Italian pilots also found British radar a difficult obstacle to overcome. Within four months, the number of Italian BR.20 Storks in the battle had been cut by 25% due to British interceptions. At the unsuccessful conclusion of the Battle of Britain, a total of 54 tons of Italian ordnance had been dropped on England. A total of 883 sorties were completed, in which nine Regia Aeronautica aircraft were lost in combat.

Italy’s Eighth Army, formed in July 1942, served as part of the German 29th Army Corps of Army Group B in the Soviet Union. Originally, the Italian Alpini Corps was to be used on the Caucasus Front, where its mountain-warfare training would have been very helpful to the German offensive, but instead the entire Eighth Army was deployed on the Don Front. It was stretched too thinly to effectively resist the Soviet counterattack in December 1942. Outnumbered and under-equipped, most its divisions were destroyed in the fighting of the next few weeks.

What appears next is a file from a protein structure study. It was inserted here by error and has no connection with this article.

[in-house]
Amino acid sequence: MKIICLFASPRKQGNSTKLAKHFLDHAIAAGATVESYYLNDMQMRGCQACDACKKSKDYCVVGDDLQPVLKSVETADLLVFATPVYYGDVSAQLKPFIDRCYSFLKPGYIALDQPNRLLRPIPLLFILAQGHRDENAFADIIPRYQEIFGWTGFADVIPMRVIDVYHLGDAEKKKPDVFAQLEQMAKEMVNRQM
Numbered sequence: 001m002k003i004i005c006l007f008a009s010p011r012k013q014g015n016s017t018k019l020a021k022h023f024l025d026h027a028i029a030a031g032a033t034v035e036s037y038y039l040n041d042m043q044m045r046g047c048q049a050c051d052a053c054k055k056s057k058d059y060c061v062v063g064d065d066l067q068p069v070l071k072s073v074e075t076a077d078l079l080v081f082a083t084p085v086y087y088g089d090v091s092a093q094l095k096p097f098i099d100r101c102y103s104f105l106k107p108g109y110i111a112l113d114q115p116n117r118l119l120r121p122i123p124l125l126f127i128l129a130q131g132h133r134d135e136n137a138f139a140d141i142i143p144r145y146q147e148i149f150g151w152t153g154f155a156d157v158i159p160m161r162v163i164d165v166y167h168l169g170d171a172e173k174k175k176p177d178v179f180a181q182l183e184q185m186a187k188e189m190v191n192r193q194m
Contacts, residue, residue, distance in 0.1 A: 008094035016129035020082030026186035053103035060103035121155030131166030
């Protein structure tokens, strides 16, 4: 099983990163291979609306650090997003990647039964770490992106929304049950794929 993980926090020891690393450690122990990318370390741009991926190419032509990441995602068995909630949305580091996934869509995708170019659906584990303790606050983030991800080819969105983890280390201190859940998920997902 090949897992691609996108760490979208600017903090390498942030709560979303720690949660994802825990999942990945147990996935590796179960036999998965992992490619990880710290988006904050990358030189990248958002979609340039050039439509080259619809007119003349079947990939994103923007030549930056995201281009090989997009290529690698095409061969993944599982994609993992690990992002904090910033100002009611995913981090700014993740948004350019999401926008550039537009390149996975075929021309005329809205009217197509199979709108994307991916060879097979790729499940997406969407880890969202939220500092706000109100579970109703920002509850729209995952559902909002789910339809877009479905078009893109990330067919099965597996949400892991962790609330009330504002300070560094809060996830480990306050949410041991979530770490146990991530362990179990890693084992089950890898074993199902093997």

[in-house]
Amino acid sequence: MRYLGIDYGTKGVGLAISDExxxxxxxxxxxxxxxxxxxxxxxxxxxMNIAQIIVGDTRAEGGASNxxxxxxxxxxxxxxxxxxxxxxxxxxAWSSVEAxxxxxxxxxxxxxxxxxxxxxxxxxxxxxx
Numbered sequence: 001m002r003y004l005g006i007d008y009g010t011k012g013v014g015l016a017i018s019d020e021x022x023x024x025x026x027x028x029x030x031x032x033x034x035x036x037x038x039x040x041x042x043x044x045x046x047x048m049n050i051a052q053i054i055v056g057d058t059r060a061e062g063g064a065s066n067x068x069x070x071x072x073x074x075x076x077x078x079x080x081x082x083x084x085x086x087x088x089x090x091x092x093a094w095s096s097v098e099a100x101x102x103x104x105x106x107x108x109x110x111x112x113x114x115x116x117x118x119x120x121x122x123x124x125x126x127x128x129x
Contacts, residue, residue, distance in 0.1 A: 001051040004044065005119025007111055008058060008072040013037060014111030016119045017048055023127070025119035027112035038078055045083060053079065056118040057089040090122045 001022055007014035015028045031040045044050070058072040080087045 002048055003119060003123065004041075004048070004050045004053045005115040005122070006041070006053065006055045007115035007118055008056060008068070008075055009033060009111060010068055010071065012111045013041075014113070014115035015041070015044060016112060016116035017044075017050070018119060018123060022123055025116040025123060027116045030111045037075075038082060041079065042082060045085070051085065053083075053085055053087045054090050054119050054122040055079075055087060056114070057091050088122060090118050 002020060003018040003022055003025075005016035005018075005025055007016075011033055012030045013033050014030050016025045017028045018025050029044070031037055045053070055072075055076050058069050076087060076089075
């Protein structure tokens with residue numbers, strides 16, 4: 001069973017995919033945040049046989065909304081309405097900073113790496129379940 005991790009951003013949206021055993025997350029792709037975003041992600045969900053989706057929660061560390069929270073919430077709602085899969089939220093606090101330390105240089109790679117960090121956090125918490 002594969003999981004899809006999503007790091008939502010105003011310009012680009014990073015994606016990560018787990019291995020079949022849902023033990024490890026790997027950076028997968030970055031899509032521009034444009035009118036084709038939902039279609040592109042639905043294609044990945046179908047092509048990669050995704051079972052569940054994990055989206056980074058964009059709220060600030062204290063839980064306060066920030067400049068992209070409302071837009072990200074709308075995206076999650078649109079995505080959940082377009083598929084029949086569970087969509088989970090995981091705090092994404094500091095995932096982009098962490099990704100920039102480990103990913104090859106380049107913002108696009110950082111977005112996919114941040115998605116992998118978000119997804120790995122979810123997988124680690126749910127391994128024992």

The importance of submarines was always known to the Regia Marina, Italy’s navy. Italy had one of the largest submarine forces in the world. At the beginning of the war, Italy had 117 submarines, of which only seven could be considered out of date. Italian submarines were used throughout the war and patrolled the, Atlantic, the Mediterranean, Red, and Black seas, and even the Indian Ocean. Their success rate was diminished by a number of factors, but was still comparable to the German U-Boats when considering the ratio of attacks-to-ships sunk.

Out of 173 documented attacks, Italian submarines sank 129 merchant ships totaling 668,311 tons. They also sank 13 warships totaling 24,554 tons.

Italian aircraft technology peaked in the 1930s, but their agile aircraft and daring pilots were well respected by the enemy. The Savoia-Marchetti SM.79 Sparviero was considered one of the best torpedo bombers manufactured during the war. Although Italy continued to utilize the biplane well into World War II, many people are surprised to learn that Italy was the second country to test a jet-powered aircraft: the Campini Caproni CC.2 made its debut flight May 28, 1940.